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Employee performance management: Use the SMART approach

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For too many businesses, employee performance leaves a lot to be desired. Either, it’s not done at all or it’s done poorly and leaves both parties unsatisfied.

Mention the topic to many people and their eyes either glaze over or roll upwards, acknowledges BDC Advisor Irene Lis, who specializes in human resources management.

“Performance management does improve productivity and profits,” Lis says. “But, unfortunately, many organizations don’t understand the process and it’s often just a paper-shuffling exercise with little value.”

Creating a win-win situation

Instead, employee performance management needs to be a continuous and regular face-to-face dialogue that strengthens employee-manager relationships and drives the company forward. The benefits to the business and to employees are significant.

“It shouldn’t be something painful you do once a year, like going to the dentist,” Lis says.

She says the key to successful employee performance management comes down to two words: No surprises. Employees need to know it’s a win-win situation, not “gotcha!”

Used correctly, employee performance management is a powerful tool for engaging employees by linking their performance to organizational objectives so that ultimately everyone is focused on the success of the business.

In addition, a well executed employee performance management process will identify an organization's up and coming talent, clarify training needs, shape succession plans and help make objective compensation and internal staffing decisions, Lis says.

Using SMART guidelines

When setting employee objectives, Lis and other HR experts advise organizations to use SMART guidelines:

S: Specific—Define what is to be done, where, with whom and how.

M: Measurable—What outcomes are expected such as quantity, quality, cost, time, etc?

A: Achievable—Objectives should be realistic according to the skills and resources available to employees.

R: Relevant—Objectives need to be relevant to the individual’s specific job, department and the business's objectives.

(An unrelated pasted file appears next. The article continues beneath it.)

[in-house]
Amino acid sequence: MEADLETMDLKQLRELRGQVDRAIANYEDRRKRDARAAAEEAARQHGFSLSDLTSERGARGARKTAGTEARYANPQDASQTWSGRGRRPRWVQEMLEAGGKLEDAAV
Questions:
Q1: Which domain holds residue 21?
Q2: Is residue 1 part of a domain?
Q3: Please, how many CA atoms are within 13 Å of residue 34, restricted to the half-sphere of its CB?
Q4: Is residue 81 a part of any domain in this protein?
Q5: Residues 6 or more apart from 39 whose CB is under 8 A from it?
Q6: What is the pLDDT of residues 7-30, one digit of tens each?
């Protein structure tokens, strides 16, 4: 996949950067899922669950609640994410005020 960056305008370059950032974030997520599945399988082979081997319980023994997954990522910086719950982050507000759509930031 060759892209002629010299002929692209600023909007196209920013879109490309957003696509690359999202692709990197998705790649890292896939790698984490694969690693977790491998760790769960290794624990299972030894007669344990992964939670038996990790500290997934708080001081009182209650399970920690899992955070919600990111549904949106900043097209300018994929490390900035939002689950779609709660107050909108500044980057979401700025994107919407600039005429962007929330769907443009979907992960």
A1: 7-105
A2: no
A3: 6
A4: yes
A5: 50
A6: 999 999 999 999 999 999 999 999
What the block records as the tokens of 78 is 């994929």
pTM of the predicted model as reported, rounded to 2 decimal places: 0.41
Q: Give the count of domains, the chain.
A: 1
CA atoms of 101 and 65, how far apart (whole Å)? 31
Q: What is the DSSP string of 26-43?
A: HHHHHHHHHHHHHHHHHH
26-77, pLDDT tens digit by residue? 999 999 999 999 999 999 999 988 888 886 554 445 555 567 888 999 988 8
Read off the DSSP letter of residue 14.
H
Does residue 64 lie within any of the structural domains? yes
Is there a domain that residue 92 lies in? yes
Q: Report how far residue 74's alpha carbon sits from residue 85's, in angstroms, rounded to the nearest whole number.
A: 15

T: Time bound—There should be clear time frames, milestones and deadlines.

“SMART means spelling out what, how and when something will be done and how you measure it,” Lis says. “Specifically, this could mean goals such as increasing revenue, controlling costs, improving quality or giving better customer service.”

At first glance, SMART may seem like common sense for a business, but Lis has frequently encountered initial resistance to the process from employers who misunderstand performance management or have experienced botched attempts.

“But employers who have experienced the power and benefits of a proper performance management process are converts for life and can’t imagine business without this valuable process,” she says.

Regular communication is crucial

She advises companies to “walk before you run” if they’re introducing employee performance management for the first time.

“Start by looking at individual job descriptions and base SMART objectives on them in employee assessments. Set up regular sessions with individual employees and involve them in setting the objectives. For example: Customer service complaints will be answered within 24 hours.”

Getting comfortable with the process at its most basic level makes it easier to graduate to the most powerful level where employee performance management drives the accomplishment of the business's objectives, she says.

Use grading to identify overall performance

Many companies use five grades in their evaluations:

  1. Unsatisfactory performance
  2. Improvement needed
  3. Meets expectations
  4. Exceeds expectations
  5. Exceptional performance.

These grades reflect the immediate supervisor’s assessment of the employee’s work. Typical criteria used to grade employees include the quantity of work completed, speed of work, ability to meet deadlines, organization, quality of the work, frequency of mistakes, customer care, initiative, team spirit, leadership, attitude, team work and overall results.

“People are generally hired to be a three,” Lis says. “You come in, you do your job, life’s good. Above three provides positive reinforcement to an employee who’s performed extra well, while below three is an alert that they need improvement.”

In all cases, Lis stresses that employees also need to take ownership of the performance management process.

“If something good is happening or if it’s going off the rails, people should tell their manager immediately, rather than waiting for next month’s meeting, or worse, waiting until the end of the year,” she says. “Regular communication between employees and managers is critical.”

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